Development assistance may interfere with local capacities to deal with problems. This can make recipient countries dependent on aid, and encourage development techniques that are unsustainable when foreign aid dries up. In addition, the most educated and capable members of the local population are often employed by foreign agencies, where they are paid high salaries to work as drivers, translators, or administrative staff. As well as wasting valuable human capital and expertise, hiring these skilled people for relatively low-level jobs detracts from local initiatives to govern and develop. If local NGOs are encouraged to undertake development programs, they are often provided with monetary grants, encouraging more costly initiatives than are unsustainable in the long run. Often, NGOs will focus their resources on winning such grants, rather than helping the local communities. In addition, instead of working together to increase their effectiveness, they will be locked in competition against one another. What civil society initiatives really need is less expensive, long-term commitment.

There is great debate over the best theoretical and practical framework for aid to help poor countries develop. Some economists argue that aid is only effective in a good macroeconomic policy environment: foreign aid must complement, not substitute, domestic measures to improve the economy. Others argue that, as long as agriculture and industry in developed countries are still heavily protected through subsidies and trade barriers, less-developed countries will never be able to fully participate in the world economy and achieve economic development.

Conclusion

The debate over how to improve the effectiveness of humanitarian aid and development assistance and minimize their potentially negative consequences, is ongoing and intense. Initiatives such as Mary B. Anderson's Collaborative for Development Action [7] attempt to promote discourse on this subject, and to question the role that humanitarian agencies play in conflicts. As humanitarian aid and development assistance work becomes more professional and more academic institutions offer these topics as fields of study, now is an important time to develop these subjects further.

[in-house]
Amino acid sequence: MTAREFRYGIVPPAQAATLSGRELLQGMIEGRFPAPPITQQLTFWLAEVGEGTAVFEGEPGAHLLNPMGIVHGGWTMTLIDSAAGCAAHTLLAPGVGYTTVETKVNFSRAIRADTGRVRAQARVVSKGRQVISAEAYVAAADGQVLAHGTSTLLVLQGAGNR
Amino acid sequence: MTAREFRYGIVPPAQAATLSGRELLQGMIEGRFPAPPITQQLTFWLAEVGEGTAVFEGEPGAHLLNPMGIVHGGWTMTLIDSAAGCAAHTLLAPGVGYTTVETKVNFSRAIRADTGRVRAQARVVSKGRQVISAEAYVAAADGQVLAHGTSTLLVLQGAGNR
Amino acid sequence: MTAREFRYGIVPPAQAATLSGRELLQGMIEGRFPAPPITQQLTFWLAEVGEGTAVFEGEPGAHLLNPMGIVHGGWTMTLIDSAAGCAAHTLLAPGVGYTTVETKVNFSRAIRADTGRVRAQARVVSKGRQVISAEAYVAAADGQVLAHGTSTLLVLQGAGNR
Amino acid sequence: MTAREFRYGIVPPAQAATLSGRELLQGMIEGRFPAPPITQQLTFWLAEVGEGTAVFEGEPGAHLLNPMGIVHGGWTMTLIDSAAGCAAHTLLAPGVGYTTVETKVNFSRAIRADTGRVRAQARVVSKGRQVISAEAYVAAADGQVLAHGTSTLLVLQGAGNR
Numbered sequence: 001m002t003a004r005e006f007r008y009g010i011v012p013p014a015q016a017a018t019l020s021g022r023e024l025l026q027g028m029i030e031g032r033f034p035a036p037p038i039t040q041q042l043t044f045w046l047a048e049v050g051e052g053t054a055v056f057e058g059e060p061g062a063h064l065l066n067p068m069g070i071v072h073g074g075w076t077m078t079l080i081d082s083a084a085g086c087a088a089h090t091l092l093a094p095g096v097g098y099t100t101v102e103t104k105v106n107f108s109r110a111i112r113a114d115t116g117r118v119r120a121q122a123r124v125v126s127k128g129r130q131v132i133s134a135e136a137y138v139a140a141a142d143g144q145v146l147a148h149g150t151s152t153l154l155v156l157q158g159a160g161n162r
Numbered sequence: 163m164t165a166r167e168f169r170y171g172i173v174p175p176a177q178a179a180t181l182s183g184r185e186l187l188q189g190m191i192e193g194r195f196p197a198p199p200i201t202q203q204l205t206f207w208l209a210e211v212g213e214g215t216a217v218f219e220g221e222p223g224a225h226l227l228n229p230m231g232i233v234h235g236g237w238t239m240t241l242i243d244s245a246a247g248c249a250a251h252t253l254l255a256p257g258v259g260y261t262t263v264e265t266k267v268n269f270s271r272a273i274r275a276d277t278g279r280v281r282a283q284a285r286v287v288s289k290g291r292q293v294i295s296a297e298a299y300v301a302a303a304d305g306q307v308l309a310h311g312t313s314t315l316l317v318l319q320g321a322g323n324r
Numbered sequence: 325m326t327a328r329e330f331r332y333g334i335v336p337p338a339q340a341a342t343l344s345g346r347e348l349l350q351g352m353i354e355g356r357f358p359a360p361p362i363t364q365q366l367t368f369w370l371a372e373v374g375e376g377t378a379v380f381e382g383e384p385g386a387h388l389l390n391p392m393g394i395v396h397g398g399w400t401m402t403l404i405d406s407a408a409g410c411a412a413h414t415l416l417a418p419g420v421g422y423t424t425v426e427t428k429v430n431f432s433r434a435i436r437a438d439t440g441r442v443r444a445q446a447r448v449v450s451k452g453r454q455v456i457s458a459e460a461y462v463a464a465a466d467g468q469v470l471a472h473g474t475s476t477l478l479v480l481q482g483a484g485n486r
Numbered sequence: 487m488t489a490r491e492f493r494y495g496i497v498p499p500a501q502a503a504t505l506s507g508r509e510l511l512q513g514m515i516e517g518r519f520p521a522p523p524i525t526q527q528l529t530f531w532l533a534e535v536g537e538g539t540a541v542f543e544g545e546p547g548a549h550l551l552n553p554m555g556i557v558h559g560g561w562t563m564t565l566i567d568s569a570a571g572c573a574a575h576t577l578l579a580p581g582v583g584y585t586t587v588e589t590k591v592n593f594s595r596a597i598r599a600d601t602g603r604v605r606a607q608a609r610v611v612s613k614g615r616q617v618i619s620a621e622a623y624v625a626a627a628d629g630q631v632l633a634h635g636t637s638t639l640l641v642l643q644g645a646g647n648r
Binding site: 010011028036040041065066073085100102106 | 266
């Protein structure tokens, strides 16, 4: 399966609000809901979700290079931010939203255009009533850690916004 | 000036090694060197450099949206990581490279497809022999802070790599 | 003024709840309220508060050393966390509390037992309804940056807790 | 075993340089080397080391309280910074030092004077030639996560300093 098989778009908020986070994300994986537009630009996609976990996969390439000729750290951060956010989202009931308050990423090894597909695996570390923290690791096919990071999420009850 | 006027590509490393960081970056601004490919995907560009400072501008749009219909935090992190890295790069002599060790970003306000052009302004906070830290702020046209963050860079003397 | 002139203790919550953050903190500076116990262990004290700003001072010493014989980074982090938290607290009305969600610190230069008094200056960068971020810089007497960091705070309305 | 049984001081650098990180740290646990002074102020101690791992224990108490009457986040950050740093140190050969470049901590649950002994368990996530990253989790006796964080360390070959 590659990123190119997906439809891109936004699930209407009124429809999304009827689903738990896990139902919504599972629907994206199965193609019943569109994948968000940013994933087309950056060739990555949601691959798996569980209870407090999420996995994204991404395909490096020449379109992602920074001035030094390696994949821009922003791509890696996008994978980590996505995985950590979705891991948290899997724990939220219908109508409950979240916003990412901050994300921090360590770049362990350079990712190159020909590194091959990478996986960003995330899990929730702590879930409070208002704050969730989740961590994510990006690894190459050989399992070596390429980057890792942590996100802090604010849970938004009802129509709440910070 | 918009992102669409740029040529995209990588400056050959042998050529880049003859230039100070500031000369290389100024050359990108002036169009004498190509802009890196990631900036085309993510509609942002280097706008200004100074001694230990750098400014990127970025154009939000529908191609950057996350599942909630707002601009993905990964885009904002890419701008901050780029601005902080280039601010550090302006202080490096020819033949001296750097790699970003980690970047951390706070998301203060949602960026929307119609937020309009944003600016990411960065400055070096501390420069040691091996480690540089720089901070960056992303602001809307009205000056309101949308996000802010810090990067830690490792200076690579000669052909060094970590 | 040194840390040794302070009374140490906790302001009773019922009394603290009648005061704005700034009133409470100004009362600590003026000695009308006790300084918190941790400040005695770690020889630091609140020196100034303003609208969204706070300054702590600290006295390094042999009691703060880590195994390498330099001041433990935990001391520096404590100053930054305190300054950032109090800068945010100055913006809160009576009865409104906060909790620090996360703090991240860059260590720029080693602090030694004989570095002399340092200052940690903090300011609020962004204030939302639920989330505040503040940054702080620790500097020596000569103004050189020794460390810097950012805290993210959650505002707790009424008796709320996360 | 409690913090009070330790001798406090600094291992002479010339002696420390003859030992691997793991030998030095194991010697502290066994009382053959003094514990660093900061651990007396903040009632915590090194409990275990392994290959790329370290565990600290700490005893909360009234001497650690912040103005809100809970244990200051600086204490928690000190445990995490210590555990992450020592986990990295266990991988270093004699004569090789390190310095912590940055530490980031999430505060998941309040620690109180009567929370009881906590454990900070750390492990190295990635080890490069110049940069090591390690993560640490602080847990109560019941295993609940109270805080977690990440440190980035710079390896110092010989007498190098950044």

Humanitarian aid and development assistance are not straightforward, and they mask many political failures. Ultimately, however, they play a crucial role in saving lives, and a role that can be continually improved as lessons are learned and applied.


[1] "Secretary-General Says Proposals in his Report on Africa Require New Ways of Thinking, of Acting," United Nations Press Release SG/SM/6524 SC/6503 (16 April 1998, accessed 30 January 2003); available from http://www.un.org/ecosocdev/geninfo/afrec/sgreport/pressrel.htm, Internet.

[2] Rieff, David, "Charity on the Rampage; The Business of Foreign Aid," Foreign Affairs (January/February 1997); available at http://www.foreignaffairs.org/19970101fareviewessay3744/david-rieff/charity-on-the-rampage-the-business-of-foreign-aid.html; Internet.

[3] Rieff, David, "Charity on the Rampage; The Business of Foreign Aid," Foreign Affairs (January/February 1997); available at http://www.foreignaffairs.org/19970101fareviewessay3744/david-rieff/charity-on-the-rampage-the-business-of-foreign-aid.html; Internet.

[4] Raymond Bonner, "Perpetuating an 'Emergency' in War-Torn Sudan," New York Times (October 11, 1998); available at http://www.nytimes.com/library/world/africa/101198sudan-aid.html; Internet.

[5] World Bank Charter, Article III Section 5

[6] James K. Boyce, Investing in Peace; Aid and Conditionality After Civil Wars, Adelphi Paper 351(New York: Oxford University Press, 2002), 67.

[7] Anderson, Mary B. 'Collaborative for Development Action.' [article on-line] accessed February 14, 2003; available from http://www.cdainc.com; Internet

     

Use the following to cite this article:
Branczik, Amelia. "Humanitarian Aid and Development Assistance." Beyond Intractability. Eds. Guy Burgess and Heidi Burgess. Conflict Information Consortium, University of Colorado, Boulder. Posted: February 2004 <http://www.beyondintractability.org/essay/humanitarian-aid>.